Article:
I never invited depression in my life. It slid into my life due to some challenges that I seemed to ignore and yet I was hurting emotionally and mentally. The more I ignored the challenges – such as my male peers looking down upon me because I am girl – the more my condition worsened. Many people like me never come out of depression.
But I did and this is my story.
In 2013, I had a mental breakdown that shocked everyone including myself.
With little knowledge about what was happening to me, fellow students in Senior Three started distancing themselves from me lest I infected them too.
It got a point where the corridor that leads to my bed was constantly abandoned by my so called friends.
I remember I always wanted to be in isolated places, alone, because loneliness had now become my ‘new best friend’ – it never ran away from me or even judged me for what was happening to my life at that time.
Today, because of the stigma I suffered then, I got affected that at times I appear to be antisocial in public, unintentionally.
You see, since no one knew exactly what was happening to me, my parents were called to pick me up after about a week to go for checkup. This was during the second term of my Senior Three.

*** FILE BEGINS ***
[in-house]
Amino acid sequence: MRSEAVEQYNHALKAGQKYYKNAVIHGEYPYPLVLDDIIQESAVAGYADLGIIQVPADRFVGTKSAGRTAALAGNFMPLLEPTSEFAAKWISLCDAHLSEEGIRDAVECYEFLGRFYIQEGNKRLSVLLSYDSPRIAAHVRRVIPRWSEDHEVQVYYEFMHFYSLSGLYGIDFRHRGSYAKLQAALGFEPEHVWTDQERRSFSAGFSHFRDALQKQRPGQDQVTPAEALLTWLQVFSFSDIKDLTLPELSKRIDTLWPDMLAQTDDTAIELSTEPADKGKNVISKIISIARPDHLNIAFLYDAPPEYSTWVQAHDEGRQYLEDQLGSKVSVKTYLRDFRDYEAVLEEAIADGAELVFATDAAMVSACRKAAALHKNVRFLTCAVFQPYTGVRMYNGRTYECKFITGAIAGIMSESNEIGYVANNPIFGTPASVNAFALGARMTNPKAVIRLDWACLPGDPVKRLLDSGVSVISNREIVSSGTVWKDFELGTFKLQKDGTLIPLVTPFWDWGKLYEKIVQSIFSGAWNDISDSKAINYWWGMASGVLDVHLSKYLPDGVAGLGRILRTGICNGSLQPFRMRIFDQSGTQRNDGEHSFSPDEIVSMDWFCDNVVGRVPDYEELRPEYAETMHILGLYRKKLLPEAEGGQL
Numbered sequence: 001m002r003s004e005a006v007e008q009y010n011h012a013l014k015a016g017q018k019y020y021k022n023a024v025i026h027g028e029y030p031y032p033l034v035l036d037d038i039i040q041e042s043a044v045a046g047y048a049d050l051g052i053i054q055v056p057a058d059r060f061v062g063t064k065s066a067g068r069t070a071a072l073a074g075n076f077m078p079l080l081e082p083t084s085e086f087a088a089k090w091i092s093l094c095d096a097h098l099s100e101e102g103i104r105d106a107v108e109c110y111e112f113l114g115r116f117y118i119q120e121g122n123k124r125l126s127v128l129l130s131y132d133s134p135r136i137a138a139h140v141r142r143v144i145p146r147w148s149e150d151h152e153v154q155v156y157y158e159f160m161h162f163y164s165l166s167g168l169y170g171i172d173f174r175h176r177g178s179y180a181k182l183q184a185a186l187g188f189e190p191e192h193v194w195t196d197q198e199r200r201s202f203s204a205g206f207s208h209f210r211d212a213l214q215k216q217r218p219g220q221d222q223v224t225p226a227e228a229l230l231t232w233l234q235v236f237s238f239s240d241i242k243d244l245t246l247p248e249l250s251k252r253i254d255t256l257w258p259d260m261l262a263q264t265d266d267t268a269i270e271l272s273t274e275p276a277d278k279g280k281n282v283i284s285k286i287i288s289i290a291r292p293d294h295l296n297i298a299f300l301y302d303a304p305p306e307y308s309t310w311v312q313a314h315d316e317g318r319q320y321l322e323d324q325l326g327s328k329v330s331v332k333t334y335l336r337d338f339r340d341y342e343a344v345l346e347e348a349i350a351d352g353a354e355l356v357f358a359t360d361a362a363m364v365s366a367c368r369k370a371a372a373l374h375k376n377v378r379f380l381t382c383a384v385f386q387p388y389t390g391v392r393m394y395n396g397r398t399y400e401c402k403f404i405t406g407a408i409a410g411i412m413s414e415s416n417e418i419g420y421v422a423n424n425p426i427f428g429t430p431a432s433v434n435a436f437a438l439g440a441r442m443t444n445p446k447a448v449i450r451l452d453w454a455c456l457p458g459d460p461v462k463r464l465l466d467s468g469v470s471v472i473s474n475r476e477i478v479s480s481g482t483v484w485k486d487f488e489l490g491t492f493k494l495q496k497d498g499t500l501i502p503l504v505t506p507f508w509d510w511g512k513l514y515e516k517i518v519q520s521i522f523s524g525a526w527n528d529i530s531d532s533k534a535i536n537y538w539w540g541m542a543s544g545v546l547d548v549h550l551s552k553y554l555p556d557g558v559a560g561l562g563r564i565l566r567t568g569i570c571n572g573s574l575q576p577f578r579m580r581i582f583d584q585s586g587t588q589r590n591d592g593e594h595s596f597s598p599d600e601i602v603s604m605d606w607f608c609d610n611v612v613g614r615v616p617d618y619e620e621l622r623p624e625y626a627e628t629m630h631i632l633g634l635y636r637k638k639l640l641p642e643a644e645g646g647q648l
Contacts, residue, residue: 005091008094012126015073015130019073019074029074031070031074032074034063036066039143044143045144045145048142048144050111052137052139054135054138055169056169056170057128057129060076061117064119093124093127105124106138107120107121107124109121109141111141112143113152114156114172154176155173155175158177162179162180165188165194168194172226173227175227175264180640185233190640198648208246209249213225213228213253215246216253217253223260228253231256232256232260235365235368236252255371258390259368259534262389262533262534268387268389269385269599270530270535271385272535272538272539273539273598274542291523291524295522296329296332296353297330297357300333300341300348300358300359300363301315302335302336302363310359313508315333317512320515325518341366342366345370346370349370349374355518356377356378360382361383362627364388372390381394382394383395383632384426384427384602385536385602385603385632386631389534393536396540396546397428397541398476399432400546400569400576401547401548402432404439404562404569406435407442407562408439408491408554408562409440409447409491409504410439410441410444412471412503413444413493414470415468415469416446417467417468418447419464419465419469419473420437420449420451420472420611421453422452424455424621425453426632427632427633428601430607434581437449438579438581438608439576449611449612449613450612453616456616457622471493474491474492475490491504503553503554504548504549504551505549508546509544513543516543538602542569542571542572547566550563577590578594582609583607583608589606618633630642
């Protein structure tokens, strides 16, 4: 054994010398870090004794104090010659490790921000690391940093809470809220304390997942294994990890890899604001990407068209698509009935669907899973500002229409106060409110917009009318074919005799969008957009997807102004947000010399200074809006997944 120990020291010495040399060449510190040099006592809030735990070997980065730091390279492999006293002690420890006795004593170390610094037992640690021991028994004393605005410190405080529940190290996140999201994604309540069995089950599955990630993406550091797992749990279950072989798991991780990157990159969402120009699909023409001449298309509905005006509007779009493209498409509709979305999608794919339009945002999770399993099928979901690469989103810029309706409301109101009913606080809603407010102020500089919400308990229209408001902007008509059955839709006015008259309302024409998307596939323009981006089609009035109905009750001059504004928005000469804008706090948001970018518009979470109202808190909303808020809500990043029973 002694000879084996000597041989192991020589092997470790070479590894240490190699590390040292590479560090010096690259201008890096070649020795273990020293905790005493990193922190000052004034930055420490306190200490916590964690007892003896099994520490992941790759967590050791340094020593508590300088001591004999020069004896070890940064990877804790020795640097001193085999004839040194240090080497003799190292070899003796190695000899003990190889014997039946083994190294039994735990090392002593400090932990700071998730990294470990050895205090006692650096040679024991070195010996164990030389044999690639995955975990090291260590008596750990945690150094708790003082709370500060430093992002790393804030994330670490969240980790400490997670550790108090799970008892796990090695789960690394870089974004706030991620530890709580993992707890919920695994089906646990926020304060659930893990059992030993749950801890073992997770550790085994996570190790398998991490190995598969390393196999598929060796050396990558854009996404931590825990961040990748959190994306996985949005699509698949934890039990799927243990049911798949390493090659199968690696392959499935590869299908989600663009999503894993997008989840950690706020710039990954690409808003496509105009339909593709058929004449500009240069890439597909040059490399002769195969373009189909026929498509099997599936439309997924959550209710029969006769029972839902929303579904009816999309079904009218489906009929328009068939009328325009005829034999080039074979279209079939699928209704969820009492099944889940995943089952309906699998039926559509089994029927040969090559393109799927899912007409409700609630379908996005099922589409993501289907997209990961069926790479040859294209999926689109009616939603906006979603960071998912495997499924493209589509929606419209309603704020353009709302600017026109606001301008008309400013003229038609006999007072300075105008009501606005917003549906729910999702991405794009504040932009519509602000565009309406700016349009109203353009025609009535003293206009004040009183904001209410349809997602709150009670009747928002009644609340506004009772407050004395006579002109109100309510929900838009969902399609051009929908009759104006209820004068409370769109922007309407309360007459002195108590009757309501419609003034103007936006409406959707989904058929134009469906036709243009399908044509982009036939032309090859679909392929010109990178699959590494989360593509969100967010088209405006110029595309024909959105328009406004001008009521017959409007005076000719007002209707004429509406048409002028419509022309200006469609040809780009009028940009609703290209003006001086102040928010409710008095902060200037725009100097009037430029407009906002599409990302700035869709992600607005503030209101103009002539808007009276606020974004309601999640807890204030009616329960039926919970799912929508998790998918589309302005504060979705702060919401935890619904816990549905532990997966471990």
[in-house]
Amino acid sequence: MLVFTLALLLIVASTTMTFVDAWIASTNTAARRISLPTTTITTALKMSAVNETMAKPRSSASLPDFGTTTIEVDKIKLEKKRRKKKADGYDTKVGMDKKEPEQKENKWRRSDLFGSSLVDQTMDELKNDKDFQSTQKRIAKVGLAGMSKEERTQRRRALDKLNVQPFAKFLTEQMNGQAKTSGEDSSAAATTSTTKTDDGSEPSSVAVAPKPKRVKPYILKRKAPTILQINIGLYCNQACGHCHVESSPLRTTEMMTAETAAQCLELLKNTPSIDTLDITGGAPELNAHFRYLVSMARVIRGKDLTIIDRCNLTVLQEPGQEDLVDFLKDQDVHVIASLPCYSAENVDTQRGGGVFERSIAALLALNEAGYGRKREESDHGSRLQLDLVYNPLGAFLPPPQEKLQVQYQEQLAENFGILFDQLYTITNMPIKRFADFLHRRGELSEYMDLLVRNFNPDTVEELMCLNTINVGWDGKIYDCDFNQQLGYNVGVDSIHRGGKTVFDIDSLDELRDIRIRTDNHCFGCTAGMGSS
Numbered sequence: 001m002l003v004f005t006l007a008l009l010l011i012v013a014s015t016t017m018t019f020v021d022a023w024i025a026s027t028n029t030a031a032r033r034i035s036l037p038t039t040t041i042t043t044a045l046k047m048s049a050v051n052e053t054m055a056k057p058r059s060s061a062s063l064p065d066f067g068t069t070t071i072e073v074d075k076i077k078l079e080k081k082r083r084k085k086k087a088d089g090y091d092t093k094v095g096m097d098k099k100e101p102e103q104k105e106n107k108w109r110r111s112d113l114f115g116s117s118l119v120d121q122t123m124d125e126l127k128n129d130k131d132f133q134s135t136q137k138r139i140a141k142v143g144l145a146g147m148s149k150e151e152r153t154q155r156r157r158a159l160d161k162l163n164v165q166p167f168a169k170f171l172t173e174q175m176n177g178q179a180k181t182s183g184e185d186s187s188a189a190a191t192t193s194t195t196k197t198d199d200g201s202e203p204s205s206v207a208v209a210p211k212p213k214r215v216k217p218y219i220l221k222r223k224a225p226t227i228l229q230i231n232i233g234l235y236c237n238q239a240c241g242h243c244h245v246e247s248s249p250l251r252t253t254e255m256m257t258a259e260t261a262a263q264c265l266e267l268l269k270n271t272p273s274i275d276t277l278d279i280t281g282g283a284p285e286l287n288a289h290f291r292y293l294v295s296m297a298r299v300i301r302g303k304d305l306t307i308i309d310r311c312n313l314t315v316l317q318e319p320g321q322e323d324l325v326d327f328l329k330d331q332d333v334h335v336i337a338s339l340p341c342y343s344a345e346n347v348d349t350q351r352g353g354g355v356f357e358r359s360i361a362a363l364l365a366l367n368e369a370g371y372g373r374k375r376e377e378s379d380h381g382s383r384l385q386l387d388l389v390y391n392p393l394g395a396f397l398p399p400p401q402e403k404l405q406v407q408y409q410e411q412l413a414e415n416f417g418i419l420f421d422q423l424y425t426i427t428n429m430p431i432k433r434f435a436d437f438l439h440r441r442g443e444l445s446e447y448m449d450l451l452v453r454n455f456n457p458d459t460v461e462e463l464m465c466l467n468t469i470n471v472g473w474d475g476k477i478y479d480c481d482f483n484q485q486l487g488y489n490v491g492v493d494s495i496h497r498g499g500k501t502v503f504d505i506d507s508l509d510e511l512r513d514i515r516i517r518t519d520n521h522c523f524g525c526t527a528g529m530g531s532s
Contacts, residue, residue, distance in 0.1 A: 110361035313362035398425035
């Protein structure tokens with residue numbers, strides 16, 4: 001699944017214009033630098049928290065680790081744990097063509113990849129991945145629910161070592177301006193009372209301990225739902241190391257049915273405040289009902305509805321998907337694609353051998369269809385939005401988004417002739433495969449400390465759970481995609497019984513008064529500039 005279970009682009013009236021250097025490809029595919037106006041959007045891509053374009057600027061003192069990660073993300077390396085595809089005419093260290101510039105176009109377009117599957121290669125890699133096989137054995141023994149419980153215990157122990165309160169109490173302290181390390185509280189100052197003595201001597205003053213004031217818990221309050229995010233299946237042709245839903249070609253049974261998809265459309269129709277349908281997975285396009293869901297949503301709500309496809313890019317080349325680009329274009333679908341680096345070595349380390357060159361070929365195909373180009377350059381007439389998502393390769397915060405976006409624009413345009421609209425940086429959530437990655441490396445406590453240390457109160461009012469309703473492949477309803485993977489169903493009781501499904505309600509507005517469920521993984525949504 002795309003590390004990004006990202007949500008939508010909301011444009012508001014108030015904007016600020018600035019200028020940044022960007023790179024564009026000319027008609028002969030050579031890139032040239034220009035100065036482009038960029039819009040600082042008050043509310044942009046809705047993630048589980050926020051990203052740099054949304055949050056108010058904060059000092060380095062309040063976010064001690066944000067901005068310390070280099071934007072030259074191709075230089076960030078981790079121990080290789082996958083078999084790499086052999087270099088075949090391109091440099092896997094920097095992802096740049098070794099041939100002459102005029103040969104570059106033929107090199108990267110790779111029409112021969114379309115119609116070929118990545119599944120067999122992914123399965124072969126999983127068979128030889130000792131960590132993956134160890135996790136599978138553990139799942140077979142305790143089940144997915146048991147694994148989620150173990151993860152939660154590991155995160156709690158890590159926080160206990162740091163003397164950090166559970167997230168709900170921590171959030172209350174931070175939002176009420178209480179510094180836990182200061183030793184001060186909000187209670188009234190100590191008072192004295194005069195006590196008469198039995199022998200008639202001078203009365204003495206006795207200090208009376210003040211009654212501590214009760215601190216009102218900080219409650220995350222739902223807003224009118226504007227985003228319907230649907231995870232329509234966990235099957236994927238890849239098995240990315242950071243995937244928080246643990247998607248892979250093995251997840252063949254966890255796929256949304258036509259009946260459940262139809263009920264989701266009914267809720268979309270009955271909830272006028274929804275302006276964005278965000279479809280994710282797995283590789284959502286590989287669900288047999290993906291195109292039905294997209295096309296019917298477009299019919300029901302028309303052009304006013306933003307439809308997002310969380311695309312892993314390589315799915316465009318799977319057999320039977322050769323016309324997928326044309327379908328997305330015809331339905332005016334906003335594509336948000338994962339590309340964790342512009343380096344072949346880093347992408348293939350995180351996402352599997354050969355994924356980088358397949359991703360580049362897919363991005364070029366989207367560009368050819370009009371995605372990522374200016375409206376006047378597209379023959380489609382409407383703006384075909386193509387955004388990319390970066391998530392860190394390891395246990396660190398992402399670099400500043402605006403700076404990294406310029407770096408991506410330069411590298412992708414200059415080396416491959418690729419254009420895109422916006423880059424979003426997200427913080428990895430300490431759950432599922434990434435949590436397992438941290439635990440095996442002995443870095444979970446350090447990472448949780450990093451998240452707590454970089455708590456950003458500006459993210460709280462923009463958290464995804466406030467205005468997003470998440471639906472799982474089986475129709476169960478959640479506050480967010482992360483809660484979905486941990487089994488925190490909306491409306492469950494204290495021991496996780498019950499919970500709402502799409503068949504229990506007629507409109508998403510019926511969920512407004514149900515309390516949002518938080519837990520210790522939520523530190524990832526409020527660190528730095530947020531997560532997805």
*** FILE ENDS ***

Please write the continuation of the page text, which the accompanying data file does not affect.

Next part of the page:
The condition worsened each and every day and I was always irritated, lacked appetite and became skinny.
At home we were stranded because we did not have an immediate solution. I was always in and out of hospital, and this stressed all my family members. This meant my mother would always travel with me wherever she went because she understood me better.
Meanwhile, I only returned to school for two or three weeks and to sit end of term exams.
A concerned family friend connected us to Professor Musisi of Nakasero Hospital in the psychiatric ward. He had a one on one session with me and my mother and later told us his not so positive findings but at least we now knew what we were dealing with.